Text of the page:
What Are Dangling Participles?

Before we address the grammatical error of dangling participles in a sentence, it is important to understand the role of a participle in a sentence. Participles can have more than one job, but the role that most often leads to the problem of dangling occurs when verbs are changed to look like adjectives, e.g., speed is a verb, whereas speeding is a present participle (participles can be in present or past tense). The phrase “a speeding car” illustrates the use of a participle to modify the noun that follows (in this case, the car).

Participial Phrases

English grammar rules are full of terminologies that are often not as complicated as you might think. In this instance, a participial phrase is simply a word group that contains a participle that modifies the subject of the sentence. A present participle would include an –ing form, whereas a past participle would include an –en or –ed form. Let us look at some examples:

Present-Participial Phrases:

  • Lying in the grass, I marveled at the clouds. “Lying in the grass” is the present participial phrase that modifies the subject, “I.” “Lying” is the present participle in the phrase “Lying in the grass.” It describes what is being performed.

Past-Participial Phrases:

  • Invented by an Indiana housewife in 1889, the first dishwasher was driven by a steam engine (sentence order could also be reversed).
  • Driven by a steam engine, the first dishwasher was invented by an Indiana housewife in 1889.

Correcting Dangling Participles

When you leave your participial phrase with no proper subject in sight, you have a dangling participle. Grammar purists consider this to be a major transgression. For your reader, the sentence will feel clumsy at best, and totally confusing at worst. For example:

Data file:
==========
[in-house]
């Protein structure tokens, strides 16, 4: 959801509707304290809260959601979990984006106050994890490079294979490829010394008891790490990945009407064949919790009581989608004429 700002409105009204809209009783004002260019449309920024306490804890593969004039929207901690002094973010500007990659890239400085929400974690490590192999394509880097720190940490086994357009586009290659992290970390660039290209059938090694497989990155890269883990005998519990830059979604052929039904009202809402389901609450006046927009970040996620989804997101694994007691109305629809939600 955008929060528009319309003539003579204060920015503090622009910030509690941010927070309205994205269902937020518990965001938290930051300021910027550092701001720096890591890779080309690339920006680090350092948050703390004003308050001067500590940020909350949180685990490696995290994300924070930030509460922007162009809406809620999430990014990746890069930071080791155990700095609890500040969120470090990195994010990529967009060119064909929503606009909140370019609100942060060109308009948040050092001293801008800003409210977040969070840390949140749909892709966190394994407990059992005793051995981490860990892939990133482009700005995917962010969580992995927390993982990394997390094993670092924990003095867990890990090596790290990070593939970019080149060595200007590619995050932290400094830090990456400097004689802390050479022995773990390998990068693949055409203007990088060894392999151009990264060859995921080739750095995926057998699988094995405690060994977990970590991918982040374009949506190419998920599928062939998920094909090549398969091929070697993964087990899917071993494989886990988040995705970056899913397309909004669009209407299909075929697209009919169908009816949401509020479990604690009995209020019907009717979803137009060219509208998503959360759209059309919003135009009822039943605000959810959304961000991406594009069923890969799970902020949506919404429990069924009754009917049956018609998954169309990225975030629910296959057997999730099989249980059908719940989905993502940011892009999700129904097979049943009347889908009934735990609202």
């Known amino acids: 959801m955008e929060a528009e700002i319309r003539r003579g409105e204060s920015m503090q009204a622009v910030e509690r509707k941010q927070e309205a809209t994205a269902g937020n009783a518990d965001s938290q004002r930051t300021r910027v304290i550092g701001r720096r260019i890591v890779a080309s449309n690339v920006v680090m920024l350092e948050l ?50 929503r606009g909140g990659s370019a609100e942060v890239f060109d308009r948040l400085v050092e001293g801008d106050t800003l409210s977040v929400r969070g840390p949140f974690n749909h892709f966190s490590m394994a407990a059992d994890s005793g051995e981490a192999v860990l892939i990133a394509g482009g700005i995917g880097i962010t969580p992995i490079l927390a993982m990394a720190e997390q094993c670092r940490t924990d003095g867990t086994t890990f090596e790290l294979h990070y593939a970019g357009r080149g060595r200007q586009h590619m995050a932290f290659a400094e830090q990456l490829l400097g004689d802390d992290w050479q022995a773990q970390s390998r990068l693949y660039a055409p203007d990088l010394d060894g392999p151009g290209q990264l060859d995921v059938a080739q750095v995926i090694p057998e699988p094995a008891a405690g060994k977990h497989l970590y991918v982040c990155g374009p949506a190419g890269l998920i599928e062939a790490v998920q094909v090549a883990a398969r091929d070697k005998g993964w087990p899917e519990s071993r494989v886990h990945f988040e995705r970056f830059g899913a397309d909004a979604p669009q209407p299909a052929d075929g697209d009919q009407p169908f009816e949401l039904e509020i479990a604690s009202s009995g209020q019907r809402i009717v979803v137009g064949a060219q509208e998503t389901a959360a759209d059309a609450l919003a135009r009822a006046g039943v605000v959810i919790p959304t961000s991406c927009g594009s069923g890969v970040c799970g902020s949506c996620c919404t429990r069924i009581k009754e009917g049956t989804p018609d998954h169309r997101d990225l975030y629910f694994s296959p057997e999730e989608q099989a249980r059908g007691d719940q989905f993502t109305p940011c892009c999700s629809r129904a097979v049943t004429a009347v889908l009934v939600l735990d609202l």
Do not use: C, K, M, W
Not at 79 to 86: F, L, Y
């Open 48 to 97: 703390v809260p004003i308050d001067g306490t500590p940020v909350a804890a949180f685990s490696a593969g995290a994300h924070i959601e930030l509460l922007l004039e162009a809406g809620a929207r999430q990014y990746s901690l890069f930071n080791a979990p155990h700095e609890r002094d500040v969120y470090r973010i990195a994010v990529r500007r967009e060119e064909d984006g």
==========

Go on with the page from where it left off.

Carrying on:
Screaming in pain, the nurse quickly wrapped her arms around the child.

As written, the participle (screaming) suggests that it was the nurse who was screaming in pain; however, the writer clearly intended to convey that the child was screaming in pain, prompting the nurse to wrap her arms around him or her. To correct the lack of a subject connected to the dangling participle, the sentence should be re-written as follows:

The nurse quickly wrapped her arms around the screaming child.

Simple Corrections

Correcting dangling participles can be a simple task. Making the doer of the action the subject of the sentence, adding omitted or implied words, or changing the phrase to a subordinate clause can make your writing much less confusing:

Incorrect: Referring to your request of January 5th, the matter is being reviewed by our board.

Correct: Our board is reviewing your request of January 5th.

Incorrect: Exhausted and bleary-eyed, the report was finished by the sales team in the early hours of the morning. (Have you ever seen a bleary-eyed and exhausted report?)

Correct: The sales team, exhausted and bleary-eyed, finished the report in the early hours of the morning.

Dangling participles occur as a result of writing too quickly and not re-examining your work. Always take the extra time to review your work before submission rather than leaving it up to your reader to figure out the meaning of the sentence.

Rate this article


Your email address will not be published.

You might also like

Sign-up to read more

Subscribe for free to get unrestricted access to all our resources on research writing and academic publishing including:

  • 2000+ blog articles
  • 50+ Webinars
  • 10+ Expert podcasts
  • 50+ Infographics
  • Q&A Forum
  • 10+ eBooks
  • 10+ Checklists
  • Research Guides
[contact-form-7 id="40123" title="Global popup two"]

    Researchers Poll

    Which is the best strategy to support research integrity according to you?